A little knowledge is dangerous. Cutting out fats from our diets because they are ‘bad’ is a perfect example of that.
Not all fats are bad, according to the American Heart Association.
Proper dietary guidelines say that fully 30% of our daily food calories intake should be in the form of fats. Also, 30% should be protein and 40% carbohydrates. So, fat is equally as important to us as protein.
Granted there are good fats and bad fats. The good fats serve important functions in our bodies. Life Clinic says, “Fat is the body’s major energy storage system. When the energy from the food you eat and drink can’t be used by your body, the body may turn it into fat for later use. Your body uses fat from foods for energy, to cushion organs and bones, and to make hormones and regulate blood pressure. Some fat is also necessary to maintain healthy skin, hair and nails, so you shouldn’t cut all fat out of your diet.”
Vitamins A, D, E and K are fat soluble, meaning they can only be digested, absorbed and transported in conjunction with fats, according to Wikipedia. Lastly, they suppress hunger and they are needed for hormones.
Fats are the highest source of energy providing 9 calories per gram, vs protein and carbohydrates, each of which yields 4 calories per gram.
Saturated fats are hard, white and solid and many are not great for us as they raise our blood cholesterol levels. These are fats which we should try to limit our intake of. The American Heart Association says no more than 7% of our daily calorie intake should be in the form of saturated fats. At present the average American consumes 15%.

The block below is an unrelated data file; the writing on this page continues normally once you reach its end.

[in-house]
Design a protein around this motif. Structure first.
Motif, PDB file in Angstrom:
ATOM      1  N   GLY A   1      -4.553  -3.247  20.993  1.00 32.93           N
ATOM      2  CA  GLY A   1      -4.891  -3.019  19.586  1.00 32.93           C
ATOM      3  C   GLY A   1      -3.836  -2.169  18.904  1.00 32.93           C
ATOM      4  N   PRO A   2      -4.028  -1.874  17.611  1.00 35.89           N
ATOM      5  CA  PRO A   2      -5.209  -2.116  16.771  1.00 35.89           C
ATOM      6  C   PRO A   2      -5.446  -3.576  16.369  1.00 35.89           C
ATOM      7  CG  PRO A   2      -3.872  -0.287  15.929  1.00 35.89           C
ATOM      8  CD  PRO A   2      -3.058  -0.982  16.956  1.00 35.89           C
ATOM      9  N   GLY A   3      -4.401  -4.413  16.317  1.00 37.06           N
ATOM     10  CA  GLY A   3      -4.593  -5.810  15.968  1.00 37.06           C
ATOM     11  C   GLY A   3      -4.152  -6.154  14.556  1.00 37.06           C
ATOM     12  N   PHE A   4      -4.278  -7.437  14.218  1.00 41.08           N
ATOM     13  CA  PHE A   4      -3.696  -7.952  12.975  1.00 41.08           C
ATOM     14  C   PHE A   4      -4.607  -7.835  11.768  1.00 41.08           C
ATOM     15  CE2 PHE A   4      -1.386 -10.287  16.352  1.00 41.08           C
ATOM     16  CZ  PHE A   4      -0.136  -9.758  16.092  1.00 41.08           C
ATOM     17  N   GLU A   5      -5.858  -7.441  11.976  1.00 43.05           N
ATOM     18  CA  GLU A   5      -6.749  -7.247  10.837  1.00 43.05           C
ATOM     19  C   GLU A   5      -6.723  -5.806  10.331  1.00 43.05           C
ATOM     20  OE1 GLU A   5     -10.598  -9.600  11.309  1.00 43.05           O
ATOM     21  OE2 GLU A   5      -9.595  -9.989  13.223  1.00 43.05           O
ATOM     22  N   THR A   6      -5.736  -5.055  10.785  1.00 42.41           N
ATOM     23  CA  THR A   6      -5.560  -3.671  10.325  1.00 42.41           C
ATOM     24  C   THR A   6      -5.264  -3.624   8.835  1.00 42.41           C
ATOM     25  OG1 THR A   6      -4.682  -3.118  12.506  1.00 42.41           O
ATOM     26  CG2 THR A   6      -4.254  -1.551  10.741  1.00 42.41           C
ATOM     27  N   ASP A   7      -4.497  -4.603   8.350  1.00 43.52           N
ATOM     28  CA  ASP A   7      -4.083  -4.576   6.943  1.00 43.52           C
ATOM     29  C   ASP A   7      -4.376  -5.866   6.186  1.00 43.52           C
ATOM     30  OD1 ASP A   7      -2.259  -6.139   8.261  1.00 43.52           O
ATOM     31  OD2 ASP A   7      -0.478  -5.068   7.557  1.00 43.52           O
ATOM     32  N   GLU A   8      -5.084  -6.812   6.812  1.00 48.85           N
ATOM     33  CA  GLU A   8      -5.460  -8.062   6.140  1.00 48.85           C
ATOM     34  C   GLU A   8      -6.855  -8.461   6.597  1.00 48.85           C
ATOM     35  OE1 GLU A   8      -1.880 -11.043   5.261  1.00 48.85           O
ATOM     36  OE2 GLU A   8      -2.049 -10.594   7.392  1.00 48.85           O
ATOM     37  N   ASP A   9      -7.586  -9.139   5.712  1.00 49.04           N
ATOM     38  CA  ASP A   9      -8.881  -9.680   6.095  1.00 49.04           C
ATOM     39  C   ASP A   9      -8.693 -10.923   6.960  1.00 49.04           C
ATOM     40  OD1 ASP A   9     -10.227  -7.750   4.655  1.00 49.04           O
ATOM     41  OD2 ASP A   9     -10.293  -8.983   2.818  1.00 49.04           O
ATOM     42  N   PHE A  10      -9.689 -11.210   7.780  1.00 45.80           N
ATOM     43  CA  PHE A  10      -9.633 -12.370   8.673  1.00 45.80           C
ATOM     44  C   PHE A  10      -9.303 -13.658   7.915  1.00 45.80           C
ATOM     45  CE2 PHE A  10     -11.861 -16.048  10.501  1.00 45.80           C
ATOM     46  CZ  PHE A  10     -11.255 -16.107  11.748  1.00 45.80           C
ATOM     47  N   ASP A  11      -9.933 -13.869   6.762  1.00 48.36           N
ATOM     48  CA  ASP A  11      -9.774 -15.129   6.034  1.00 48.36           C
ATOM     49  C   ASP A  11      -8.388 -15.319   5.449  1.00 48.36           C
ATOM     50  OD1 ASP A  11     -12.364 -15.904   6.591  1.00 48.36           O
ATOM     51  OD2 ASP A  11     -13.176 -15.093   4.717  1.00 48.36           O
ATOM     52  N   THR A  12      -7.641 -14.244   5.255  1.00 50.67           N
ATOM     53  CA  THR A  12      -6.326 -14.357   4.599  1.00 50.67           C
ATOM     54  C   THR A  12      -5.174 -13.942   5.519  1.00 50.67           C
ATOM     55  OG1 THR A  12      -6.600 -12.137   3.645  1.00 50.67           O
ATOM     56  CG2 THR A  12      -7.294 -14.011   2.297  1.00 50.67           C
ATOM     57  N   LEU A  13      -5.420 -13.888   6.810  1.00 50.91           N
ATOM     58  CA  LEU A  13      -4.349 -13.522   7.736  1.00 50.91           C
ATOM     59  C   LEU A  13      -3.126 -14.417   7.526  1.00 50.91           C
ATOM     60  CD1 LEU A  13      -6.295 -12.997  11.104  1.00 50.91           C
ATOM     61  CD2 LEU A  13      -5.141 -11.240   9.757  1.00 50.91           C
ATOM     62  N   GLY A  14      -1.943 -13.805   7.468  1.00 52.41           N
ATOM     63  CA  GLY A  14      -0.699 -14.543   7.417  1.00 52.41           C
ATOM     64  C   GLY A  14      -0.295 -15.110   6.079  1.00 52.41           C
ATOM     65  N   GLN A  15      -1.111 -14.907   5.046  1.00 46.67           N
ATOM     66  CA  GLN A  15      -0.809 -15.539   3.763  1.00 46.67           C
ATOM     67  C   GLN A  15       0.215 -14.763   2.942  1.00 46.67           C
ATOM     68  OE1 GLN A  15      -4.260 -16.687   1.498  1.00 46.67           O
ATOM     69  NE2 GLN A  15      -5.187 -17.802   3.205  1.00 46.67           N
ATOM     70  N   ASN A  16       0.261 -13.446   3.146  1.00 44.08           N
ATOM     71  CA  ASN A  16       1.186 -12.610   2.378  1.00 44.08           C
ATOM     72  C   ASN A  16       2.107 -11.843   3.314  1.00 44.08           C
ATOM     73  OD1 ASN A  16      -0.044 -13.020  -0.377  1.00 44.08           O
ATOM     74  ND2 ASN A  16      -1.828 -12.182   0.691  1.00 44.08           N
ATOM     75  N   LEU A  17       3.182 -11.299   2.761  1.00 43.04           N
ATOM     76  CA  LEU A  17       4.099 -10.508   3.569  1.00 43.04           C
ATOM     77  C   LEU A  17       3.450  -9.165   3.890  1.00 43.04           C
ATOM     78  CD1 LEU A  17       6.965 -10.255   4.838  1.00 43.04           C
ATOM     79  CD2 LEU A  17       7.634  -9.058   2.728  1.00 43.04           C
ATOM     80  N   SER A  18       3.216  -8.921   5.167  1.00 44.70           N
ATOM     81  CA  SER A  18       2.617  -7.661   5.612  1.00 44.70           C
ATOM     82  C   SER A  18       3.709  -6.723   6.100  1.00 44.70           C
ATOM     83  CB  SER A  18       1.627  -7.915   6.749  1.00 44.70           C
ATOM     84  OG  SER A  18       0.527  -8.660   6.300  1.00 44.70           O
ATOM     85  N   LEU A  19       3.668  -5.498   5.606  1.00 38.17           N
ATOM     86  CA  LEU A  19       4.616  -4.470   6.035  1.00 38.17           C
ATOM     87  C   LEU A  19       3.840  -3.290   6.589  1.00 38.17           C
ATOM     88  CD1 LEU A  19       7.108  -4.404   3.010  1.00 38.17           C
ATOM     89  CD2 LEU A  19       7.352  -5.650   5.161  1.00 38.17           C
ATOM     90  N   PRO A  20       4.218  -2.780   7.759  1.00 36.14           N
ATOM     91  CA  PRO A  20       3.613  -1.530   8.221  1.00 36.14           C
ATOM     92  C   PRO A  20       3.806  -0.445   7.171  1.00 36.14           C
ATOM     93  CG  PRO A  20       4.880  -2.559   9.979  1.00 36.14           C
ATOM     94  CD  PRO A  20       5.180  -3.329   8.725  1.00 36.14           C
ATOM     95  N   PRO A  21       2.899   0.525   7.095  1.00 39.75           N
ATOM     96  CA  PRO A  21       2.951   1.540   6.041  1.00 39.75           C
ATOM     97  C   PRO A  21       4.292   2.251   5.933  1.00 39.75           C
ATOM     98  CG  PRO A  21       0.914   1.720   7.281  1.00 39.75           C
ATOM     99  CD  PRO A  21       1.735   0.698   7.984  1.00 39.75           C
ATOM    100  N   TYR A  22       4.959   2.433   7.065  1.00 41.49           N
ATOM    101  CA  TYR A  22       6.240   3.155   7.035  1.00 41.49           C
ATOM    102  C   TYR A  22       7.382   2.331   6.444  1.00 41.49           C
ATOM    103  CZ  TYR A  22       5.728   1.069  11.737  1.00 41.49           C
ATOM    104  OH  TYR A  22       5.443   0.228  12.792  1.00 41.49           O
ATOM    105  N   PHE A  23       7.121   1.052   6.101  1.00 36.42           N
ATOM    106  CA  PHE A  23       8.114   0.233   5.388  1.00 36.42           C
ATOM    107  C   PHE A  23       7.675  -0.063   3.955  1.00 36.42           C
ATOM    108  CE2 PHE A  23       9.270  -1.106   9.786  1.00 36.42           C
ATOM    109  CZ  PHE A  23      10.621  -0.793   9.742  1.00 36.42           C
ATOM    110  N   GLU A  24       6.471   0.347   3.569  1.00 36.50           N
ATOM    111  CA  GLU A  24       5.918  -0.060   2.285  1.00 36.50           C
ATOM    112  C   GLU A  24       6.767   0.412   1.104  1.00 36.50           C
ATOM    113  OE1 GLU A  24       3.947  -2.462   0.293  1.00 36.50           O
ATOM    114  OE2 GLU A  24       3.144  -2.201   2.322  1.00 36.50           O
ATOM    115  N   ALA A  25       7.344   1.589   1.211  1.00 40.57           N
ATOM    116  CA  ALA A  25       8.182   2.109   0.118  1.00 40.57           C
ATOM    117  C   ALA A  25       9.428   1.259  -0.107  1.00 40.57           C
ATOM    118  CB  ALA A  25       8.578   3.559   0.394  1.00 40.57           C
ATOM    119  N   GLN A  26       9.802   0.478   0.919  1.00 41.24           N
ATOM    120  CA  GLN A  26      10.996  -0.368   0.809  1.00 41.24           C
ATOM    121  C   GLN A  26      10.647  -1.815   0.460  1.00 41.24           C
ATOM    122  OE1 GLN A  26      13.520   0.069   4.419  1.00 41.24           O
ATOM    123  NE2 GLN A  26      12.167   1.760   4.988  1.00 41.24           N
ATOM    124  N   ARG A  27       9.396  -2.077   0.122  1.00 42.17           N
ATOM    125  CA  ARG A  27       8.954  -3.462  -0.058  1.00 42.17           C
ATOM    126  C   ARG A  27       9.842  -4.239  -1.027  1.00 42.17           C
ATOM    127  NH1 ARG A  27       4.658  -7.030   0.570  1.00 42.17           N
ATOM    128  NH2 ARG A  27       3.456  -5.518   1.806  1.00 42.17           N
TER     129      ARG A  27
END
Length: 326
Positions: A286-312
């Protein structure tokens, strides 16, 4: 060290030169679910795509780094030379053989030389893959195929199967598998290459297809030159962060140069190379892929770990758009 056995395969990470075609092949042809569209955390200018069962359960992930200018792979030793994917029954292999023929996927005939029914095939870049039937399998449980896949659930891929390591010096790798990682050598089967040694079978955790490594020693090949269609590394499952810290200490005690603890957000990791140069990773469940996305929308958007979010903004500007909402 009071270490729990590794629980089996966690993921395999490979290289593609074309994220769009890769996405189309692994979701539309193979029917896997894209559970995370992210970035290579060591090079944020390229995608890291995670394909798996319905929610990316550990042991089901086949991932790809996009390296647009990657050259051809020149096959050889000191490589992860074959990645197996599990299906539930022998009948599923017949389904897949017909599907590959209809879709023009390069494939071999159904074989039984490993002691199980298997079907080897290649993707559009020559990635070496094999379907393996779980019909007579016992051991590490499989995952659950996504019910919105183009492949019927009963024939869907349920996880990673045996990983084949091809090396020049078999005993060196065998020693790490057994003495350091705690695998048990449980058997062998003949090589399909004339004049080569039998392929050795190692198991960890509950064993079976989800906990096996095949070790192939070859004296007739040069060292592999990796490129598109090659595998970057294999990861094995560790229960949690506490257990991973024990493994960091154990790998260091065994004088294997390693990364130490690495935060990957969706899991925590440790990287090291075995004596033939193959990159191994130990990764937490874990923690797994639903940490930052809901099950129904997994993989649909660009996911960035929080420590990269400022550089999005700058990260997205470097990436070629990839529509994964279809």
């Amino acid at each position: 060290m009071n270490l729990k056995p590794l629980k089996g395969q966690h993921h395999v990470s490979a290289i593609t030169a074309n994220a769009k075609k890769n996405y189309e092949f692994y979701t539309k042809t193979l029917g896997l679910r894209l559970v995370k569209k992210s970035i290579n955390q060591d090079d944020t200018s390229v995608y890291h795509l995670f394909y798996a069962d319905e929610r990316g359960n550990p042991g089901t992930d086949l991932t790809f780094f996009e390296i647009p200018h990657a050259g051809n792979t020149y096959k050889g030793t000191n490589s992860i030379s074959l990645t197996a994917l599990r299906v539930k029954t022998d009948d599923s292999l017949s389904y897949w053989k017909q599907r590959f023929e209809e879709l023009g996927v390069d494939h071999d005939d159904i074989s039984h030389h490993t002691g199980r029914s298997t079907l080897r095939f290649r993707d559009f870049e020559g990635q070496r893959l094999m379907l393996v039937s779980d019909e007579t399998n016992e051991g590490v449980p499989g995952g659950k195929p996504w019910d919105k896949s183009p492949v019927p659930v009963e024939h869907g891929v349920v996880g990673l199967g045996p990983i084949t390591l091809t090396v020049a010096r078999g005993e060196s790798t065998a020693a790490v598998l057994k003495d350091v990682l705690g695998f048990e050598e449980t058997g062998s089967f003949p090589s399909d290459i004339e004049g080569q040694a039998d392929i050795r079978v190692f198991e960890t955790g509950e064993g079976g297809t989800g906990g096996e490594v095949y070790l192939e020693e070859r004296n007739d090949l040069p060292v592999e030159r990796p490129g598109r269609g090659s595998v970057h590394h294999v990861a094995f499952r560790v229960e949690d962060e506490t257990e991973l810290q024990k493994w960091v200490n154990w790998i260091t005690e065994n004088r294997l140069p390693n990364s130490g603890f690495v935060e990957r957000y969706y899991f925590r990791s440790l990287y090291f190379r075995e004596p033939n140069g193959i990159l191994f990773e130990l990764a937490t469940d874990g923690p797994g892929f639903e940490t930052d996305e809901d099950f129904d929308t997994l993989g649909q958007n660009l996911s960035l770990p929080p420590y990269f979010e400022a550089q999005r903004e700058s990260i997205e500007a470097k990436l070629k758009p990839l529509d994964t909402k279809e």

An important exception is coconut oil. Not all saturated fats are alike and more importantly, some saturated fats, including coconut oil, are extremely good for you. As I wrote in my Page – Coconut Oil – Why You Should Include it in Your Diet ,”Coconut oil is a medium chain fatty acid (MCFA) as opposed to the long chain fatty acids (LCFA) found in most oil in our diets. Coconut oil is easy on the digestive system, requiring minimal digestion. It travels immediately to the liver to be converted into energy. It doesn’t circulate in the body and end up being stored as fat. So for a quick energy boost, eat a spoonful of coconut oil or add it to your food.”
Trans fats are unsaturated vegetable oils that food manufacturers try to make more solid so that the food cooked in it lasts longer. Muffins and cookies are a good example of this. Trans fats contribute to heart disease and since 2006, the public has been made aware of them and manufacturers have cut down on their usage.
Good dietary practice would be to cut back on the consumption of steak which has upwards of 50 grams of fat and substitute chicken which has less than 20 grams.